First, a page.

Sunday, April 30, 2006

Bread and Butter

I've spent a lot of time on this blog talking about our designs and original concepts but here are some examples of what what we actually spend most of our time doing. Doing service storyboards is what butters our bread. This type of work is not the most creative thing we do but it is very good training. It forces you to be very fast and efficent. At HoC we are not satisfied with normal way storyboards are done. Our boards are all digital. We work with a Wacom tablet and Alias's Sketchbook Pro. It takes quite a bit of effort to get used to working this way but once your used to it there is no going back. We a confident that this is the future for storyboarding.

Sunday, April 23, 2006

Our friends

Max in the dreaming.

Some good news. While building a business you make friends with your clients and hopefully they will come back because of the quality of your work. One of our clients that continue to support us is Nelvana. We are storyboarding on a new show called Grossology. Thanks to Judy Leung and Matt Ferguson. While I'm on the topic I like to thank Brad Booker from Reel FX and Andy Knight from Red Rover. We have also just completed the boards for a music video for Billie Mintz.

Thursday, April 20, 2006


From The Dreaming.

This is a question from a visitor, Stefano Di Lollo, that is worth sharing.

Dear HoC, I've been following your blog for quite some time now. From what I can see from your website, it looks like you have a great team of talent, and a great work environment to inspire creativity. Your list of clients and portfolio is impressive. I've read about the hard times that your studio is experiencing at the moment on your blog. Now, I know you have plenty on your mind right now, and the last thing you probably need or have time to read is someone giving you their 2 cents. But, since I can't ever keep my opinion to myself---I'll type the rest anyways. >>> I was just wondering the following: Is it a good idea to publicly report your studio's current problems on your blog? Clients (existing ones and potential ones) have easy access to this info, and may get scared off by the studio's instability. Just some food for thought. Good luck, I wish you guys all the best. I'd love to work with a team such as yours.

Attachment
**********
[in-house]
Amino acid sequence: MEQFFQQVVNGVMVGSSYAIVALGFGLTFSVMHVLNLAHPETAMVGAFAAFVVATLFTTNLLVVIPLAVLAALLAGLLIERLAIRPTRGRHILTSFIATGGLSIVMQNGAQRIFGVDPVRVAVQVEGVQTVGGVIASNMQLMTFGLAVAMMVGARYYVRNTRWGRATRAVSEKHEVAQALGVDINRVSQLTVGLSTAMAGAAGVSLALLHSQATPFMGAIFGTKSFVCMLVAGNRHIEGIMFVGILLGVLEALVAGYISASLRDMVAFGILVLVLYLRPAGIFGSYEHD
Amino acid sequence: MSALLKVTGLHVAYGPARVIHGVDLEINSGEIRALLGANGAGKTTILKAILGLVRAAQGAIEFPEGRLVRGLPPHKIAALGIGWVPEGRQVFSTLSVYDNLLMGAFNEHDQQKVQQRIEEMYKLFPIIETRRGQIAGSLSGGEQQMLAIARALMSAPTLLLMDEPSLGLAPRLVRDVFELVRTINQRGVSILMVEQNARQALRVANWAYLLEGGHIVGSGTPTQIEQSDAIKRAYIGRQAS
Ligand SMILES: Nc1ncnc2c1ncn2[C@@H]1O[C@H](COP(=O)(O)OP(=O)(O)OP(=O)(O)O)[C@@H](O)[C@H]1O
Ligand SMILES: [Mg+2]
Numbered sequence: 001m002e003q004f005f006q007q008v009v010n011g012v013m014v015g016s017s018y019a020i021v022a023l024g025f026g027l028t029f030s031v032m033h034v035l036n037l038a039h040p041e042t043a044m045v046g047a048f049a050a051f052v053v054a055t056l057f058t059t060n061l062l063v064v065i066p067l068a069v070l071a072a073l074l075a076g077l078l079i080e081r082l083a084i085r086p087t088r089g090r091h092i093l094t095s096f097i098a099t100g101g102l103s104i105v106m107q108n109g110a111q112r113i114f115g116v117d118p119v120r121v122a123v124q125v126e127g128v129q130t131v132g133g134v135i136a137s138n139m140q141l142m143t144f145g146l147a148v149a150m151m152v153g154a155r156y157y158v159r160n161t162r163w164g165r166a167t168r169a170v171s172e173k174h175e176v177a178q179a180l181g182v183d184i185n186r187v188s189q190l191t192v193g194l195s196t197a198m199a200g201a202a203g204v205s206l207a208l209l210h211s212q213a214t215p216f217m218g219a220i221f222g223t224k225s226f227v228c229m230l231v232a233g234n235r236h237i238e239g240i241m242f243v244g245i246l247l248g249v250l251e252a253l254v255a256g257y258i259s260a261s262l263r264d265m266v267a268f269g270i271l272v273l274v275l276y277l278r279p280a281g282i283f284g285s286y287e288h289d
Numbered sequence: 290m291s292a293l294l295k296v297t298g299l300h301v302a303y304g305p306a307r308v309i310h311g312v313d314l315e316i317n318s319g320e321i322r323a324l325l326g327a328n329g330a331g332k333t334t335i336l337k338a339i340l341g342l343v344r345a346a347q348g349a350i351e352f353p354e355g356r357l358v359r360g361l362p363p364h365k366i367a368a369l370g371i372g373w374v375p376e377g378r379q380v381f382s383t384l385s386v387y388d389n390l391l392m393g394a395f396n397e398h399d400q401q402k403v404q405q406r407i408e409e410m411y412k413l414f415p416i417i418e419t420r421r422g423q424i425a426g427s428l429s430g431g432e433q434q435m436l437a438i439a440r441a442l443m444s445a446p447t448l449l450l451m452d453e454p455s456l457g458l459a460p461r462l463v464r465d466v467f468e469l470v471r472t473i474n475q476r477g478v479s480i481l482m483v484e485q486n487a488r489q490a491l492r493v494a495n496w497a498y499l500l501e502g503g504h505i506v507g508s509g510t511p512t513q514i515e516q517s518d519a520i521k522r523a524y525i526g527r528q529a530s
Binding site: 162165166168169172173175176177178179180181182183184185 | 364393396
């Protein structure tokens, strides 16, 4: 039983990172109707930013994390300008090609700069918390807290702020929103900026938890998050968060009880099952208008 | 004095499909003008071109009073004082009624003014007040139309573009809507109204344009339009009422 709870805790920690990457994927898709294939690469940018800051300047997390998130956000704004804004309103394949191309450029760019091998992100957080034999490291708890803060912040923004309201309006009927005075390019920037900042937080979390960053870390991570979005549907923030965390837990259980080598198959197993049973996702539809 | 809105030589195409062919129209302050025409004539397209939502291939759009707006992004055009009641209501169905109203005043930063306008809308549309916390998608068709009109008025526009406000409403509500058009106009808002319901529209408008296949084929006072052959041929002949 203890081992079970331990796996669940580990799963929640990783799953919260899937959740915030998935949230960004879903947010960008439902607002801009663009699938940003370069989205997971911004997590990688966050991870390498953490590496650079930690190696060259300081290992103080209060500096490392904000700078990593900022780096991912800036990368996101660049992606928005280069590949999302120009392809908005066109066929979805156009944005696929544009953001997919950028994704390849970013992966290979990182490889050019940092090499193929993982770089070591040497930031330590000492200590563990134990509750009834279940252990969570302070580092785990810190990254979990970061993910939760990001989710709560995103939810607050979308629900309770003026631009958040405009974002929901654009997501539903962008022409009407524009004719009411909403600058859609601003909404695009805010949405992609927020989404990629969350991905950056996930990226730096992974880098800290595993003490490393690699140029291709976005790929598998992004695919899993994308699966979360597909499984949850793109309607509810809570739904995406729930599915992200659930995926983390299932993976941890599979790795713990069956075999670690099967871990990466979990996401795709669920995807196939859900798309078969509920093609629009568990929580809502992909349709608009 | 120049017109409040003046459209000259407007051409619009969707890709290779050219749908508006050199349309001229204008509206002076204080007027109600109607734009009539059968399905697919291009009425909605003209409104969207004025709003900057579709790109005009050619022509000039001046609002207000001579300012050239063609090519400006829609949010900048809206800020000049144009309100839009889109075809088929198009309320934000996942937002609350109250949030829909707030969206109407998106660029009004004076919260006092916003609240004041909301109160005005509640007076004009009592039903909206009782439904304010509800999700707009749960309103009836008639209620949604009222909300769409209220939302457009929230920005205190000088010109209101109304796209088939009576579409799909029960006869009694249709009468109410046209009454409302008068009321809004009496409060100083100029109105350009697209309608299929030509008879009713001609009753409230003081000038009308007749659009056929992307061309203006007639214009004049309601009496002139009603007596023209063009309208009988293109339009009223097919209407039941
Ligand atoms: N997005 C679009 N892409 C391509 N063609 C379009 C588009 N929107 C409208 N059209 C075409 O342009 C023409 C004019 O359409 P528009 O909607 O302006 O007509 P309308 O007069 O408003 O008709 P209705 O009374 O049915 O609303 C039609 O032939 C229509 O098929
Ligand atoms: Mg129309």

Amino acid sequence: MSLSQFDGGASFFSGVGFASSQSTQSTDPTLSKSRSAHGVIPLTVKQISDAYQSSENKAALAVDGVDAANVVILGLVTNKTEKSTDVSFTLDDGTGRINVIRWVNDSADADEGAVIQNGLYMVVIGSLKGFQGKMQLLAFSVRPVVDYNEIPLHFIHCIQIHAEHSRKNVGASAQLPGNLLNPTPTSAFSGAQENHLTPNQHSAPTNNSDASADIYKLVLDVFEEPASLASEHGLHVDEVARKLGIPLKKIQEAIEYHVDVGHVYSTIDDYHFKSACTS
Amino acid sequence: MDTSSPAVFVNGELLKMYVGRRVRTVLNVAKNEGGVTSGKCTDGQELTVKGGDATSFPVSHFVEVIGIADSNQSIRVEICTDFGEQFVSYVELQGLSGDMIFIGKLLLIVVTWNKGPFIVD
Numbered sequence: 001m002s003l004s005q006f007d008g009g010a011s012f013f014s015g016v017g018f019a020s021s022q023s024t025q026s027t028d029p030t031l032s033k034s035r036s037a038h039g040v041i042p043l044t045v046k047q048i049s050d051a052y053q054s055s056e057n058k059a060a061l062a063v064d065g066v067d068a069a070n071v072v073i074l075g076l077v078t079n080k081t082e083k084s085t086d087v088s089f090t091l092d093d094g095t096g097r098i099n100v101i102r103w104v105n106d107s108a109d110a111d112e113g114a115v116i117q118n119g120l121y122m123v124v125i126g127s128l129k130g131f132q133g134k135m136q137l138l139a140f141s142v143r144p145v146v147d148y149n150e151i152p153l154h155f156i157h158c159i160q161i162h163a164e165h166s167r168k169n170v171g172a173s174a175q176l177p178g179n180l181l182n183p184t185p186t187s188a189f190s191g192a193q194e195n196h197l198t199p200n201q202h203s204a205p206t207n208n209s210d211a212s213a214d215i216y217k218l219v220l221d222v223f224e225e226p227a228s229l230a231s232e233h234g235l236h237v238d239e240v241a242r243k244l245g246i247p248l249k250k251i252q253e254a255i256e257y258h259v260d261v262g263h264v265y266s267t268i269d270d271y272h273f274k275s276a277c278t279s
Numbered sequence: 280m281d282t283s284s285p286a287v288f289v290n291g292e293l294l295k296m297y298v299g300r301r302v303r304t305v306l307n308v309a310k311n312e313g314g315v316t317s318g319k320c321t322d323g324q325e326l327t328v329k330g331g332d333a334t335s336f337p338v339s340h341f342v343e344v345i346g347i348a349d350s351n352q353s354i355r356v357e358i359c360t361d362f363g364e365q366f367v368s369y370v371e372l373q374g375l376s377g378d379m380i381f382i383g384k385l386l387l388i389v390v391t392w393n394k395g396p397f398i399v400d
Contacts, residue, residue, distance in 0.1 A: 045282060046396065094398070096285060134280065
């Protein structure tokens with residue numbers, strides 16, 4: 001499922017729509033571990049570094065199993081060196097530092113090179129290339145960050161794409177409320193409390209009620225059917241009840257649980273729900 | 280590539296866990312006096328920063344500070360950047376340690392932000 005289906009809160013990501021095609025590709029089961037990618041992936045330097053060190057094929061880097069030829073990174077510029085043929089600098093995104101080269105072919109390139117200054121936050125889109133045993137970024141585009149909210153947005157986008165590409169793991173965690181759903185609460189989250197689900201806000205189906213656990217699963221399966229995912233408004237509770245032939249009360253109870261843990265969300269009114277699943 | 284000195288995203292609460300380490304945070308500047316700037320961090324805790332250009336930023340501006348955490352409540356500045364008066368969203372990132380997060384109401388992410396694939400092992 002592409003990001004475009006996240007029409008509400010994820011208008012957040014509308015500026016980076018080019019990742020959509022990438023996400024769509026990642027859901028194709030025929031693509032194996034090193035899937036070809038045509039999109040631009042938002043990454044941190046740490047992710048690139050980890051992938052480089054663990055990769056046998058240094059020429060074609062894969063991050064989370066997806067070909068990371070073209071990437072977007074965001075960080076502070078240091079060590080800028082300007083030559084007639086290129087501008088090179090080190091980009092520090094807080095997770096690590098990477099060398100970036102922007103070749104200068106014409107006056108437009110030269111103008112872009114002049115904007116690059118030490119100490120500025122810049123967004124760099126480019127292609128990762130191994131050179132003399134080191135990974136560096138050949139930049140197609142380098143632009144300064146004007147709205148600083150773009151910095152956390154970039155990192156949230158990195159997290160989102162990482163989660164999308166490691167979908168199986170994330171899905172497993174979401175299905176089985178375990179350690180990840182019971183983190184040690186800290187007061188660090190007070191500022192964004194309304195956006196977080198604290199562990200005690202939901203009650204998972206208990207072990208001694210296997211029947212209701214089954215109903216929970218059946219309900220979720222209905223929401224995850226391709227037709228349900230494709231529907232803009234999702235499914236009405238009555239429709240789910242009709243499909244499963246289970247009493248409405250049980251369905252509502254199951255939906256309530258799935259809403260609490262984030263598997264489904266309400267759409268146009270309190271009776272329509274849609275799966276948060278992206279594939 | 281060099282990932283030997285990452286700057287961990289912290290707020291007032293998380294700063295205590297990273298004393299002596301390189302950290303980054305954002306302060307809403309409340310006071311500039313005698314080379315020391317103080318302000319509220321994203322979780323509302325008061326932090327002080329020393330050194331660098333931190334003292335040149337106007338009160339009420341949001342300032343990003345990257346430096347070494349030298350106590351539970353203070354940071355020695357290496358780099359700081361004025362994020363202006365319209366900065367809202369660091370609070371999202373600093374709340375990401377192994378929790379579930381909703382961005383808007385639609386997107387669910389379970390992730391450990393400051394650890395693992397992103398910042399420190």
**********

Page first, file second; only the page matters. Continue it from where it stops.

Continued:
And my answer. Hi Stefano,

I'm glad that you like our work. We try hard to define ourselves in an industry full of mediocrity.

Your question is a very good one and I have put much thought into it. A similar question that I often get asked is 'am I not afraid of people stealing your development ideas'? My answer to these questions may be irrational but it is a the core of how I run my studio. We are always willing to let our pants down. We feel that the transparency of our studio endears people to want to work with us as clients and employees. Sometimes that openness is positive and sometime negative but what is important is that the creative spirit does not flourish well under secrecy. This may be the downfall of HoC but if I want the studio to reflect my values instead of being a money making entity It has to be this way.


Monday, April 17, 2006

Turning the Corner

This is from Roboyo.

The only good thing about hard times is that it can't last forever. Over the last couple of weeks the studio has hit rock bottom. We lost most of our contracts, had to layoff most of our talent, the bank account is almost completely drained and the tax man is knocking. I had to question myself on the viability of this studio. Fortunately my cousin, a successful businessman, assured me that if people are calling you to do work then you ARE a viable business. I re-examined the business and though there is some restucturing that must be done I can see a clearer direction for us. With a little luck and no more major hickups we should be fine.

Sunday, April 02, 2006

Service vs. Original Content

In The Dreaming the preferred means of transportation is scarab beetle.

In running a small studio the bills have to be paid. This is done by taking on service work which means doing work for other studios. Sometimes the work is fun but it is often tedious. If you do enough service work, a studio can make a lot of money especially if it is a large feature project. It is also lucrative to do commercials if your studio can handle the hectic pace of advertising. The problem is that if a studio is to grow over the long term they need to own their ideas. But how do you develop properties while your busy trying to make money to keep the studio a float? It's tough but if you keep in mind what the goal is, spending the extra time and cash to produce original content doesn't seem to hurt as much.